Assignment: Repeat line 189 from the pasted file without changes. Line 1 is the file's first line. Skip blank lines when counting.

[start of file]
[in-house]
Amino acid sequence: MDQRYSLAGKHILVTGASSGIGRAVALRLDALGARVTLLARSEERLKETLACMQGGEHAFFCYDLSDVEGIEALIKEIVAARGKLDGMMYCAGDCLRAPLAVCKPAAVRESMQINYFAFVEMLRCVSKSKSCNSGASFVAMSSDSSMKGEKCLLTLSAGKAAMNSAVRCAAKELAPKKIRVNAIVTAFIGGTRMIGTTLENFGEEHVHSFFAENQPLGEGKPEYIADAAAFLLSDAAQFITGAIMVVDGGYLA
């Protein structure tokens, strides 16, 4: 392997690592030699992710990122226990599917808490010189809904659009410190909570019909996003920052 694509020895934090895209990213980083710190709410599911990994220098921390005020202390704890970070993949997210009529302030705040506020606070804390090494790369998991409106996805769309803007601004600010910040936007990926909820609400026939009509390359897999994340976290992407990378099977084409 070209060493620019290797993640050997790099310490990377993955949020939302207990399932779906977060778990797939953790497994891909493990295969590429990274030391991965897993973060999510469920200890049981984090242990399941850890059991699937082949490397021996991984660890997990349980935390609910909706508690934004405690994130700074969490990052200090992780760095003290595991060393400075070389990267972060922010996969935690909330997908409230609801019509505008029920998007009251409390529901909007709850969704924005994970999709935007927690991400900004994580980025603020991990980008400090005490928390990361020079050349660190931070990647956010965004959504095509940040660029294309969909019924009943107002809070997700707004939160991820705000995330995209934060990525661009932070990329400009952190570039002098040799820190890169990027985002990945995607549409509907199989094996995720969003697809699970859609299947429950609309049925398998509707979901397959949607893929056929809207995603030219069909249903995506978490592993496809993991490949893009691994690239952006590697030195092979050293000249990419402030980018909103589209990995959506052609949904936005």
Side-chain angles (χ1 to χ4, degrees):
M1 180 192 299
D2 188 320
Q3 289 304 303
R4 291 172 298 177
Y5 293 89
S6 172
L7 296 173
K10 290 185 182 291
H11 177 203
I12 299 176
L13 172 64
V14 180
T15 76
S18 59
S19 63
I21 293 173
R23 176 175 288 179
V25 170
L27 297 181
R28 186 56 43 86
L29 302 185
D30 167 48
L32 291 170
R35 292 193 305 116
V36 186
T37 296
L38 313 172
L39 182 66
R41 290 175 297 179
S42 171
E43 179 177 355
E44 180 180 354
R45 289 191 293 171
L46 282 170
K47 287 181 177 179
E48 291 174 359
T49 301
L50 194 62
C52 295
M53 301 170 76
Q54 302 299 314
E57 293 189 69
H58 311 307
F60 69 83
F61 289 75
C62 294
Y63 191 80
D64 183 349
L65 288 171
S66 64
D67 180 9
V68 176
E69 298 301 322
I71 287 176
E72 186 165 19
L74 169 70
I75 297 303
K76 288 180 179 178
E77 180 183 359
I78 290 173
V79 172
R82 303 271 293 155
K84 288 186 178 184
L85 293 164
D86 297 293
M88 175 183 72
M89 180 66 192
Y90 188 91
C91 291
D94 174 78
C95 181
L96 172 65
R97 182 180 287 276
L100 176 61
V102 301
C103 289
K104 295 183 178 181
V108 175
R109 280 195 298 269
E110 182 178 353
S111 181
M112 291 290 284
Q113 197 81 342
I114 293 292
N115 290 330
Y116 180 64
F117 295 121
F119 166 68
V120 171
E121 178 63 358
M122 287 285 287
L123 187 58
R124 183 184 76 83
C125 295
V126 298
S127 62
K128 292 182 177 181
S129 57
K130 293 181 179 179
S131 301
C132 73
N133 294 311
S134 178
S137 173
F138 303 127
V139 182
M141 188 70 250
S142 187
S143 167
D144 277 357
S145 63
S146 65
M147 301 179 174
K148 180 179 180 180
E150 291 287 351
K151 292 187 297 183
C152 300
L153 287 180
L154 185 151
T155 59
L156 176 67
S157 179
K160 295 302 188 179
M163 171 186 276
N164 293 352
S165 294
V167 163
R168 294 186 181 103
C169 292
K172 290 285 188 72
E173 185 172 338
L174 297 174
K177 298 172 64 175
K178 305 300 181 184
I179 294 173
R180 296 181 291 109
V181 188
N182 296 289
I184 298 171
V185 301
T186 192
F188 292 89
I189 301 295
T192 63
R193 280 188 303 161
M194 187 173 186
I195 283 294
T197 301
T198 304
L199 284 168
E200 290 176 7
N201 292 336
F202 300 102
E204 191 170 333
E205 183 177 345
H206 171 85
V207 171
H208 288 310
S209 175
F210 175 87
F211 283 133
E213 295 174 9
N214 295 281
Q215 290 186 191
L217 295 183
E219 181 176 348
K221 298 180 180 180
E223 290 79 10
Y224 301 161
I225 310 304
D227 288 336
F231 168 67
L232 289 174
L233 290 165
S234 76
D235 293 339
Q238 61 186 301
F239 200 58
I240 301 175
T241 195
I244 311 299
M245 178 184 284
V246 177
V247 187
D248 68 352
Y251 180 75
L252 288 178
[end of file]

D248 68 352